On the sixth day of Christmas my back gave to me a slipped disc – bought on by trying to simultaneously push two supermarket trolleys, both of which were filled with enough food to feed eight hundred giants for three weeks. Have we got enough crackers/dates? ‘No one likes dates.’ ‘It doesn’t matter. Grab three packs. Just make sure we’ve got all the random stuff we’ll be too full to eat. Have we got enough? HAVE WE?’
On the seventh day of Christmas my diary gave to me – three nights out in a row which I faced with steely, grim determination.
On the eighth day of Christmas I gave to myself – such a big hangover it nearly caused me to pass out in the aisles of Sainsbury’s where I’d popped back for ‘a few bits I’d missed.’
On the ninth day of Christmas my son gave to me – a weepy moment after I’d put him to bed and heard him singing Little Donkey to himself in the dark. It’s the unexpected moments that get you.
On the tenth day of Christmas my credit card gave to me – a minor heart attack when I realised that yet again I’d gone over budget by several hundred quid.
On the tenth day of Christmas my home gave to me the problem of where to actually hide all the crap I’d bought for the children. Should I sew it into my duvet? Bury it in the garden? I have no more space. Perhaps I’ll hide it in the kitchen cupboards and sellotape said cupboards shut.
On the eleventh day of Christmas my greed gave to me – cellulite and a complexion resembling suet.
On the twelfth day of Christmas my partner gave to me an argument about what it was exactly he was doing to help with project Christmas apart from buy his Dad some socks.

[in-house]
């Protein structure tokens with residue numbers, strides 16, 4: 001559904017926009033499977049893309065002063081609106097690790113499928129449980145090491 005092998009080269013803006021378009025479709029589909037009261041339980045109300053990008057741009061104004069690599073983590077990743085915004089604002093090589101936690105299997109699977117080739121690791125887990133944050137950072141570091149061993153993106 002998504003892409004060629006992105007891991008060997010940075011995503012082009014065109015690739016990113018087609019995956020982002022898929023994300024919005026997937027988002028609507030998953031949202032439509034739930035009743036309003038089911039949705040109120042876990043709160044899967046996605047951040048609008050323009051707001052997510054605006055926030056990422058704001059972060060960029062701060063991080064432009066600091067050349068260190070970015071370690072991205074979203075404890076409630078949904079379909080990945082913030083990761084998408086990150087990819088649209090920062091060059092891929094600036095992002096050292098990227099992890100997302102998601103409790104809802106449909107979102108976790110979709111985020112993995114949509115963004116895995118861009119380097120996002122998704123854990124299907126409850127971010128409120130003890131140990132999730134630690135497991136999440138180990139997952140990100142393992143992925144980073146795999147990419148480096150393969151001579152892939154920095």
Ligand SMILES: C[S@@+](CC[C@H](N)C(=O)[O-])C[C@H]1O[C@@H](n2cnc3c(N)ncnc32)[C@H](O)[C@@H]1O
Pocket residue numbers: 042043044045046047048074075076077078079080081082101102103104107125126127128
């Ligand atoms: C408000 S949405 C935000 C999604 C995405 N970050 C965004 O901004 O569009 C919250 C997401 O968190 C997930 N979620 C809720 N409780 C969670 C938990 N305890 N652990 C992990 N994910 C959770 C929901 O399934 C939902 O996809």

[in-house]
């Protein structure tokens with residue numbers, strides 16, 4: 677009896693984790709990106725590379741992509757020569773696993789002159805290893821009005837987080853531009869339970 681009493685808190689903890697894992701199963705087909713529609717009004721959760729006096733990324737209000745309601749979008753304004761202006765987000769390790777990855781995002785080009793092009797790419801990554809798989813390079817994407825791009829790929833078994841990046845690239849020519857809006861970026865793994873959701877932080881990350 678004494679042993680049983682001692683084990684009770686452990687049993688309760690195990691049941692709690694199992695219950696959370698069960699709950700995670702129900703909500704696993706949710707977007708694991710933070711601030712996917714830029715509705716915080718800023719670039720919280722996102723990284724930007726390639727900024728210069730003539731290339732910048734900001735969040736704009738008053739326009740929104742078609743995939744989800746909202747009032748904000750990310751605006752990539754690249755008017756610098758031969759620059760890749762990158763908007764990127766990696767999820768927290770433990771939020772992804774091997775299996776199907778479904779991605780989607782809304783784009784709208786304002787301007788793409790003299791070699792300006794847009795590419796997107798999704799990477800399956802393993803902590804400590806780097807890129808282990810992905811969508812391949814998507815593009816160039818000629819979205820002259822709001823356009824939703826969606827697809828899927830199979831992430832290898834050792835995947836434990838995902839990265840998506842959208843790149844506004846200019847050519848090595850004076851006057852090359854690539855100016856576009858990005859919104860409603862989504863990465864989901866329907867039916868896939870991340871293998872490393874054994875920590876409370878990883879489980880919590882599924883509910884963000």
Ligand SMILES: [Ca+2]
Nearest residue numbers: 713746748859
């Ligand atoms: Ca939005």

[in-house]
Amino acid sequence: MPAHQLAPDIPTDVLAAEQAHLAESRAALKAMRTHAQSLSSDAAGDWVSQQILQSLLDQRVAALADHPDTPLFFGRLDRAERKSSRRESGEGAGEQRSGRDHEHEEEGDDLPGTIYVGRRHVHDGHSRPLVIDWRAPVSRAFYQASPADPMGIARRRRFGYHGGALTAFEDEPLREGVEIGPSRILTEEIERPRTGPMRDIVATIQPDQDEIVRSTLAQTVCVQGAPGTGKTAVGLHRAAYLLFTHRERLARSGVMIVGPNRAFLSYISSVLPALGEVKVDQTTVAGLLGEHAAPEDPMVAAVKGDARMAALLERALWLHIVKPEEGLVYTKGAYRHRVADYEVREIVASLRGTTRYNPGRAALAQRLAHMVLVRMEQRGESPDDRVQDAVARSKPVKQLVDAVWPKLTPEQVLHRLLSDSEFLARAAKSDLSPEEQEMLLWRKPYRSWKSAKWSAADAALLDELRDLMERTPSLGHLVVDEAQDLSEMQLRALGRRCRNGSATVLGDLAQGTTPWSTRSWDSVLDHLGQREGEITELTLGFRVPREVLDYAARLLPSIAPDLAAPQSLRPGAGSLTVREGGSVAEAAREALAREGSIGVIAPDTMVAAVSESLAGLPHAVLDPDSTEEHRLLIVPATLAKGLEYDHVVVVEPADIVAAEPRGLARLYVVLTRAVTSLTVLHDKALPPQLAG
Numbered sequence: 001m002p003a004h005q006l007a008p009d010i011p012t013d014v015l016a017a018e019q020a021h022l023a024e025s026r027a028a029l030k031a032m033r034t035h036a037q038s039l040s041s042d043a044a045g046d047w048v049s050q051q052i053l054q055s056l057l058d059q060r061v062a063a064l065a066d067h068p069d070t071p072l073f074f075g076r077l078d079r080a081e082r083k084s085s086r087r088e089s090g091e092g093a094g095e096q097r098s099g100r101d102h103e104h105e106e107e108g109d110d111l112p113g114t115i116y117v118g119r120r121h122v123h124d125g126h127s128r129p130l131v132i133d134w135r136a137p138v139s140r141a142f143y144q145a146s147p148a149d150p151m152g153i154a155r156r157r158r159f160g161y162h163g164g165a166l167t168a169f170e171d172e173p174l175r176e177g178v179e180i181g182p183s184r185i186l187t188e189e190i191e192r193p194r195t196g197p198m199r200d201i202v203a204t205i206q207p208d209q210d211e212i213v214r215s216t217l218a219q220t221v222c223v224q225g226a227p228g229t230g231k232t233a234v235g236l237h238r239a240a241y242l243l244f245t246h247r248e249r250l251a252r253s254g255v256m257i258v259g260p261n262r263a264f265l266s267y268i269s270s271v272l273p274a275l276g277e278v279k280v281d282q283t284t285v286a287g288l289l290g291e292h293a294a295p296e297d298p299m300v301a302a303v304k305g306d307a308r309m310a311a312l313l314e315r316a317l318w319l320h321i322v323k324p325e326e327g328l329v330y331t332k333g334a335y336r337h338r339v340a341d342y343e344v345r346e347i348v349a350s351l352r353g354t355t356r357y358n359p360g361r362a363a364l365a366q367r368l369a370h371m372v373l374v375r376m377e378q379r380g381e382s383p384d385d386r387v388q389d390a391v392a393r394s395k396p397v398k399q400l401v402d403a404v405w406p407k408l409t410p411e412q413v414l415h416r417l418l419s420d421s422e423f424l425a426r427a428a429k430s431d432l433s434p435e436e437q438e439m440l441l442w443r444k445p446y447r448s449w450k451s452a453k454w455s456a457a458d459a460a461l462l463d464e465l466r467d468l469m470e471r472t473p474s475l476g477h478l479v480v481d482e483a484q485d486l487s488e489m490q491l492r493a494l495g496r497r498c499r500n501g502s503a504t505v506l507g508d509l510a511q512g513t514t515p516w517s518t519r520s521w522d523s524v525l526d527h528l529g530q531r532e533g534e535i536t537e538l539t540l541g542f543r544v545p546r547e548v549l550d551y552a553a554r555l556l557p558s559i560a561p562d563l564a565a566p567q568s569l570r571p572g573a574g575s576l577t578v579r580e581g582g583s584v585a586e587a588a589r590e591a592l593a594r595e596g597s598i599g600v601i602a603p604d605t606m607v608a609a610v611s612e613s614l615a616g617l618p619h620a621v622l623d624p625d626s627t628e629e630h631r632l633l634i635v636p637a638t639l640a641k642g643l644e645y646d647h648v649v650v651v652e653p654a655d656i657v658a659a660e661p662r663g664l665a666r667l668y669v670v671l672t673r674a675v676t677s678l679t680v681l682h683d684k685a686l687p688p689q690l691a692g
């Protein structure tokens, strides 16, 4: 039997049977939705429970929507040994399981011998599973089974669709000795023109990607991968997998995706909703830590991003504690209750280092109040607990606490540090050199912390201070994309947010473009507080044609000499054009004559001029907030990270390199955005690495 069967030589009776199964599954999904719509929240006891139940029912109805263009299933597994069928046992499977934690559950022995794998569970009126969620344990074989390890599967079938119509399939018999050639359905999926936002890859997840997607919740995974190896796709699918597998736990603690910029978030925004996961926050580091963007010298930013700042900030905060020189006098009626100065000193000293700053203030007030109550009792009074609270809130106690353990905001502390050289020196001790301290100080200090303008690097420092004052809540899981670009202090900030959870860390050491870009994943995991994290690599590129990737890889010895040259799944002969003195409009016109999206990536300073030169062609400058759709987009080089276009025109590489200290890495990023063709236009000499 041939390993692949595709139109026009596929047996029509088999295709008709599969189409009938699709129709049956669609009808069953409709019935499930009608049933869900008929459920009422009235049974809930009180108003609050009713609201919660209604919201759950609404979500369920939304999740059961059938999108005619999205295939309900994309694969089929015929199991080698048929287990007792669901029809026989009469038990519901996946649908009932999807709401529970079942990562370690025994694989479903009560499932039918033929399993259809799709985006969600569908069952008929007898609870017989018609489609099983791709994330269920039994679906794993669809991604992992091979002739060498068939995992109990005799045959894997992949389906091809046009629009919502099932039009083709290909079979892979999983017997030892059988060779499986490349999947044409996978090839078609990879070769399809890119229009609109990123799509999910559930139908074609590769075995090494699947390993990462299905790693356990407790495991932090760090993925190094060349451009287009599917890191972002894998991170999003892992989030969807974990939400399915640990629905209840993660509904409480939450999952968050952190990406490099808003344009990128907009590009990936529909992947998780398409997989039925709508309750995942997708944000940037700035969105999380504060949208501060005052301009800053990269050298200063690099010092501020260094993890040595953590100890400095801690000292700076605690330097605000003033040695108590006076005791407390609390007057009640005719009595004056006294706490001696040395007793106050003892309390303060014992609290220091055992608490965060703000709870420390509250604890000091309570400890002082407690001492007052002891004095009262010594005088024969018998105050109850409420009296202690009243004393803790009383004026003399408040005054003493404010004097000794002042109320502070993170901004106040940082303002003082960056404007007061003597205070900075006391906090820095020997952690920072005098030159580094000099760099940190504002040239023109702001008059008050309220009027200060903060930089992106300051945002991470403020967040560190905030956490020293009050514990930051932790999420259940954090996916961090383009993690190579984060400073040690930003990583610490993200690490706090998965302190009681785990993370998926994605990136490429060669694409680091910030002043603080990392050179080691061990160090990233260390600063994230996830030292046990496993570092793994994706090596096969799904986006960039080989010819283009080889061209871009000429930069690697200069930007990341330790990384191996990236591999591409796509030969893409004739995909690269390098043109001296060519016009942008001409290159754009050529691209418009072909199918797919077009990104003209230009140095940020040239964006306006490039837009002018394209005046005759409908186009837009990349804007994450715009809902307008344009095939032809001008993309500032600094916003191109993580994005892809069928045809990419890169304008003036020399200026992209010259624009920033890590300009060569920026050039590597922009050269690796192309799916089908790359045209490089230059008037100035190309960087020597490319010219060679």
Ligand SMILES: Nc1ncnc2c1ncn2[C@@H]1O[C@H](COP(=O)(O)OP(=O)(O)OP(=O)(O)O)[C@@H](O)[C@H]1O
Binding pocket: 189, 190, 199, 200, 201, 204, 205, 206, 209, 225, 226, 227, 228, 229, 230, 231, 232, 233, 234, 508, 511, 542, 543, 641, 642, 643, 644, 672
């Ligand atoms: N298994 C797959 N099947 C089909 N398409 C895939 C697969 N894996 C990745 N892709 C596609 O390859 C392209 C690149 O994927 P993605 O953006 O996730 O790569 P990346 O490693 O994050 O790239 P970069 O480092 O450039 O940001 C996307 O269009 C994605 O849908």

And then it was here and my family gave to me – a day to remember. And suddenly, it all seemed worth it. Merry Christmas everyone
My sister, Isabel, and her brilliant husband, Paddy, were married at Rise Hall back in July. A while ago they asked if I’d do a reading but left what I did entirely up to me. Now, Isy and Paddy are two of the funniest, most creative and unique people I know so reading a dull passage no one would remember would never have done. Plus, the amount of organising they did to pull off what was ultimately the best wedding I’ll ever go to, meant they were so on top of every tiny detail, I thought they’d appreciate a surprise. And so it was that this white, middle class, middle aged, mother of two decided to do a rap. See what you think………….Wedding Rap
Sometimes in life a job can come along that turns out to be such a pleasure. A while back I was approached to write a blog for a huge, fairly heavyweight recruitment agency called Tate. They wanted a blog to feature on their website which might increase traffic and ultimately help them to recruit more great PA’s for the company. And so it was that Pippa Allbright was born! |See what I’ve done there? Pippa Allbright…..Aaanyway, Pippa has moved down to London from the North and is working as a PA thanks to Tate. Fortunately I’ve been given free rein with regard to what I can write so, as a result, she’s totally normal in as much as her love life is a mess, she suffers sporadically from terrible hangovers and lives with a flatmate from hell.
I’d love you to have a read so here’s a link to it http://www.tate.co.uk/pippablog/Pages/default.aspx
Enjoy! Oh…….and book news coming soon!! xx